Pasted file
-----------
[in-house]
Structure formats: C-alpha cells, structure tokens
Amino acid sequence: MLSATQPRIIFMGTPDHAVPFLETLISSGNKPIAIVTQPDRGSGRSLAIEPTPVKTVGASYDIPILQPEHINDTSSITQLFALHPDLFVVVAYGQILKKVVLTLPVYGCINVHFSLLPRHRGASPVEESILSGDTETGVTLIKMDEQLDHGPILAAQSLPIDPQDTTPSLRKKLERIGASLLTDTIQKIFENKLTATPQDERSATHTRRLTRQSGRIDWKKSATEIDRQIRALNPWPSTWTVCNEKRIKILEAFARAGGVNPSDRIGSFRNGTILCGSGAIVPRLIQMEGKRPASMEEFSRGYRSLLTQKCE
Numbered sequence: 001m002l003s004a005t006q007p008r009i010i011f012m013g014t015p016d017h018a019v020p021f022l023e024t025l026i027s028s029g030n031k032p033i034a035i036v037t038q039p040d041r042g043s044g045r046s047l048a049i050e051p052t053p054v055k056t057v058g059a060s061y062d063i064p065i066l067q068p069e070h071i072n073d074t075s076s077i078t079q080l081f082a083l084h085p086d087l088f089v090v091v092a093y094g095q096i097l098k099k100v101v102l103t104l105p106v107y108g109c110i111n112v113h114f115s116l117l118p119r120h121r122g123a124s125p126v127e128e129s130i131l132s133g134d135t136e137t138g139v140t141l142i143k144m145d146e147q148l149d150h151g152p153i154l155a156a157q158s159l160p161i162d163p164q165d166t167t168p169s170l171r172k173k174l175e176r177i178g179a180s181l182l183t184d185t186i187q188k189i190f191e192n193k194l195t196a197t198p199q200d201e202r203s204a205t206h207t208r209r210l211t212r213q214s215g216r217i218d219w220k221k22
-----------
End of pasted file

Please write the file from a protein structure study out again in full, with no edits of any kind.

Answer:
[in-house]
Structure formats: C-alpha cells, structure tokens
Amino acid sequence: MLSATQPRIIFMGTPDHAVPFLETLISSGNKPIAIVTQPDRGSGRSLAIEPTPVKTVGASYDIPILQPEHINDTSSITQLFALHPDLFVVVAYGQILKKVVLTLPVYGCINVHFSLLPRHRGASPVEESILSGDTETGVTLIKMDEQLDHGPILAAQSLPIDPQDTTPSLRKKLERIGASLLTDTIQKIFENKLTATPQDERSATHTRRLTRQSGRIDWKKSATEIDRQIRALNPWPSTWTVCNEKRIKILEAFARAGGVNPSDRIGSFRNGTILCGSGAIVPRLIQMEGKRPASMEEFSRGYRSLLTQKCE
Numbered sequence: 001m002l003s004a005t006q007p008r009i010i011f012m013g014t015p016d017h018a019v020p021f022l023e024t025l026i027s028s029g030n031k032p033i034a035i036v037t038q039p040d041r042g043s044g045r046s047l048a049i050e051p052t053p054v055k056t057v058g059a060s061y062d063i064p065i066l067q068p069e070h071i072n073d074t075s076s077i078t079q080l081f082a083l084h085p086d087l088f089v090v091v092a093y094g095q096i097l098k099k100v101v102l103t104l105p106v107y108g109c110i111n112v113h114f115s116l117l118p119r120h121r122g123a124s125p126v127e128e129s130i131l132s133g134d135t136e137t138g139v140t141l142i143k144m145d146e147q148l149d150h151g152p153i154l155a156a157q158s159l160p161i162d163p164q165d166t167t168p169s170l171r172k173k174l175e176r177i178g179a180s181l182l183t184d185t186i187q188k189i190f191e192n193k194l195t196a197t198p199q200d201e202r203s204a205t206h207t208r209r210l211t212r213q214s215g216r217i218d219w220k221k22